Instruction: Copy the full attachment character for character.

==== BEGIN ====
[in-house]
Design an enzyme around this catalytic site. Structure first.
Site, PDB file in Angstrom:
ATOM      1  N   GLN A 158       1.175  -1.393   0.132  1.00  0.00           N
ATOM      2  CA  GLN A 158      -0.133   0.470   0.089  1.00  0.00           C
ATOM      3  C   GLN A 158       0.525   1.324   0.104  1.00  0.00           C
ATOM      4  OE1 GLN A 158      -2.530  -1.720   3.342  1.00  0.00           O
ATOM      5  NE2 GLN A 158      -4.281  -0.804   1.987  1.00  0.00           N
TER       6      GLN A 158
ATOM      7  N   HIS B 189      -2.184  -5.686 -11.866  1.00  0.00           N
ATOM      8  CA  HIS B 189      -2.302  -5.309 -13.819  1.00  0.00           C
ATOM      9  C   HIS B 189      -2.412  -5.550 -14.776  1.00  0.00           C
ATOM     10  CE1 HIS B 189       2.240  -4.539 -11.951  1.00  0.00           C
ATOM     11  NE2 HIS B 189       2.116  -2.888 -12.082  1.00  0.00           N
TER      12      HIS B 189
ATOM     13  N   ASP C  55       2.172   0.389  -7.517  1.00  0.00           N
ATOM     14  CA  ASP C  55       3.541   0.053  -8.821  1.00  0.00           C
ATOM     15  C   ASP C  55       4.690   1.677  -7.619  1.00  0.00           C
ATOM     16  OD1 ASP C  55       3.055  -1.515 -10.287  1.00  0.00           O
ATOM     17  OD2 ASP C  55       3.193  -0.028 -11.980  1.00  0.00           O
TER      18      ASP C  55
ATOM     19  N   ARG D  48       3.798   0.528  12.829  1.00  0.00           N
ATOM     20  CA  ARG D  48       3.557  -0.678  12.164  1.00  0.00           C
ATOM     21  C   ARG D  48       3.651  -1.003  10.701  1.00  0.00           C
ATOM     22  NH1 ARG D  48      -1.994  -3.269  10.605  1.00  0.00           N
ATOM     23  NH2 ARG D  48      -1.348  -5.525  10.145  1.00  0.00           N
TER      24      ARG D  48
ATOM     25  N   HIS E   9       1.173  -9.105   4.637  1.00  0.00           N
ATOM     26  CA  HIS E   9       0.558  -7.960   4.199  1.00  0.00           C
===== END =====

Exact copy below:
[in-house]
Design an enzyme around this catalytic site. Structure first.
Site, PDB file in Angstrom:
ATOM      1  N   GLN A 158       1.175  -1.393   0.132  1.00  0.00           N
ATOM      2  CA  GLN A 158      -0.133   0.470   0.089  1.00  0.00           C
ATOM      3  C   GLN A 158       0.525   1.324   0.104  1.00  0.00           C
ATOM      4  OE1 GLN A 158      -2.530  -1.720   3.342  1.00  0.00           O
ATOM      5  NE2 GLN A 158      -4.281  -0.804   1.987  1.00  0.00           N
TER       6      GLN A 158
ATOM      7  N   HIS B 189      -2.184  -5.686 -11.866  1.00  0.00           N
ATOM      8  CA  HIS B 189      -2.302  -5.309 -13.819  1.00  0.00           C
ATOM      9  C   HIS B 189      -2.412  -5.550 -14.776  1.00  0.00           C
ATOM     10  CE1 HIS B 189       2.240  -4.539 -11.951  1.00  0.00           C
ATOM     11  NE2 HIS B 189       2.116  -2.888 -12.082  1.00  0.00           N
TER      12      HIS B 189
ATOM     13  N   ASP C  55       2.172   0.389  -7.517  1.00  0.00           N
ATOM     14  CA  ASP C  55       3.541   0.053  -8.821  1.00  0.00           C
ATOM     15  C   ASP C  55       4.690   1.677  -7.619  1.00  0.00           C
ATOM     16  OD1 ASP C  55       3.055  -1.515 -10.287  1.00  0.00           O
ATOM     17  OD2 ASP C  55       3.193  -0.028 -11.980  1.00  0.00           O
TER      18      ASP C  55
ATOM     19  N   ARG D  48       3.798   0.528  12.829  1.00  0.00           N
ATOM     20  CA  ARG D  48       3.557  -0.678  12.164  1.00  0.00           C
ATOM     21  C   ARG D  48       3.651  -1.003  10.701  1.00  0.00           C
ATOM     22  NH1 ARG D  48      -1.994  -3.269  10.605  1.00  0.00           N
ATOM     23  NH2 ARG D  48      -1.348  -5.525  10.145  1.00  0.00           N
TER      24      ARG D  48
ATOM     25  N   HIS E   9       1.173  -9.105   4.637  1.00  0.00           N
ATOM     26  CA  HIS E   9       0.558  -7.960   4.199  1.00  0.00           C